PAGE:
“Exactly,” says Levi. “Of course some energy will be lost and perfect conditions never exist. Assumptions are necessary starting points in scientific inquiry.” “So, they’re like the foundation of a house,” Luke posits, to which Levi adds, “Yes, houses built up with experimental evidence.”

The imagination is launched.

For the final project, it’s not essential that students’ hot air balloons actually work.  It may seem counter-intuitive, but students’ assessments don’t even hinge on whether the balloons take flight. As Levi points out, that’s because “scientific and design breakthroughs are built on mountains of failure. For example, when we use an iPhone, we don’t think of the hundreds of designs and prototypes that ultimately failed to reach market.  But without knowing what didn’t work, Apple couldn’t have perfected the ones that did.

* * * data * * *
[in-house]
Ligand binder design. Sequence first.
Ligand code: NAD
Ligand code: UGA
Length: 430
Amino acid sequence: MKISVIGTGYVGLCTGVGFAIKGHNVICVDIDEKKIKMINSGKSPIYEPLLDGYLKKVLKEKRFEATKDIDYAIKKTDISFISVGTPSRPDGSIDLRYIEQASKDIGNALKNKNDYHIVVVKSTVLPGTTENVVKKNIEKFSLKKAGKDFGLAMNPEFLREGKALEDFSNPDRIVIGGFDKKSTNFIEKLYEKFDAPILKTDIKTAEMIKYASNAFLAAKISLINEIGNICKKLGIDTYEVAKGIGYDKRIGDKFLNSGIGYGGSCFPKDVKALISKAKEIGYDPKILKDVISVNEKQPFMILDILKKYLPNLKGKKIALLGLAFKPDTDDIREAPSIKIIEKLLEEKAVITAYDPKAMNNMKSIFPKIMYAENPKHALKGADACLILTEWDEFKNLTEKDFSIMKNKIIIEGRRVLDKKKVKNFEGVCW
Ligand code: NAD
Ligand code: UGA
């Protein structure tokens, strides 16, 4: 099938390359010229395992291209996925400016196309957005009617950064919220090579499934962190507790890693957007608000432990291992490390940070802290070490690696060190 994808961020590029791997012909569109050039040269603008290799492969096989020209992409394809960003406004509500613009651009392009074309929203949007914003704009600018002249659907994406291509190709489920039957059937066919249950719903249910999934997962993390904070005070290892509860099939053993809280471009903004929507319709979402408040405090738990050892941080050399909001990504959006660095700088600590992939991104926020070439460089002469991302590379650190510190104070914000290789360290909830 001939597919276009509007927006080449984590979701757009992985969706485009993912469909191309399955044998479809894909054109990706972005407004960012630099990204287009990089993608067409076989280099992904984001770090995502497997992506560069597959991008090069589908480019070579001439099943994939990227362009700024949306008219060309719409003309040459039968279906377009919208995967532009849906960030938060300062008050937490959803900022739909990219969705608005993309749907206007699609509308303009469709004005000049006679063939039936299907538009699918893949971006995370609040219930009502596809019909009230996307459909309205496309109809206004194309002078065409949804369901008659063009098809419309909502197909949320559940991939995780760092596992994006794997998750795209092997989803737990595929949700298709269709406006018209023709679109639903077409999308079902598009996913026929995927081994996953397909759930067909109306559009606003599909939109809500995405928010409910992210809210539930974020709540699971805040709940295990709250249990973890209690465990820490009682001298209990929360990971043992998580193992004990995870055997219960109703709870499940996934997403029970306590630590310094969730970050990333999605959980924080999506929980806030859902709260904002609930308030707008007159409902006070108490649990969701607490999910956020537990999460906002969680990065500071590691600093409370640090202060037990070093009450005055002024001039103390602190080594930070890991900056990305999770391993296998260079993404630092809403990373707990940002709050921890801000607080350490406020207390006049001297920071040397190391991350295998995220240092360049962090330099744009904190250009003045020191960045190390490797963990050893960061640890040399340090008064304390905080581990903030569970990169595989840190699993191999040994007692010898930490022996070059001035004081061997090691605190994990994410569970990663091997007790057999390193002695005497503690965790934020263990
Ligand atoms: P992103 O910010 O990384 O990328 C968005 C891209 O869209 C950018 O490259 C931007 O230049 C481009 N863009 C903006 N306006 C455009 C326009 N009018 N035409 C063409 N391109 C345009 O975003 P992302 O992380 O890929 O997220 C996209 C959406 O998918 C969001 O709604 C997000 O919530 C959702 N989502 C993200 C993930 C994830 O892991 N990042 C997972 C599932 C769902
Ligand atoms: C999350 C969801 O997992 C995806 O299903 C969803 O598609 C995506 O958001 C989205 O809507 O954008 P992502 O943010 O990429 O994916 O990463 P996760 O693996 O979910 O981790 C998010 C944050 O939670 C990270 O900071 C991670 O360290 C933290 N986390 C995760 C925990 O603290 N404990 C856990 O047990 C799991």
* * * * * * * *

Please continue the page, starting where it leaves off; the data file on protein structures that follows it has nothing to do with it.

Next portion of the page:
That is the philosophy that guides this project, too.

It’s really Wildwood. Real learning, not a lot of hot air.

~ By Steve Barrett, Director of Outreach, Teaching, and Learning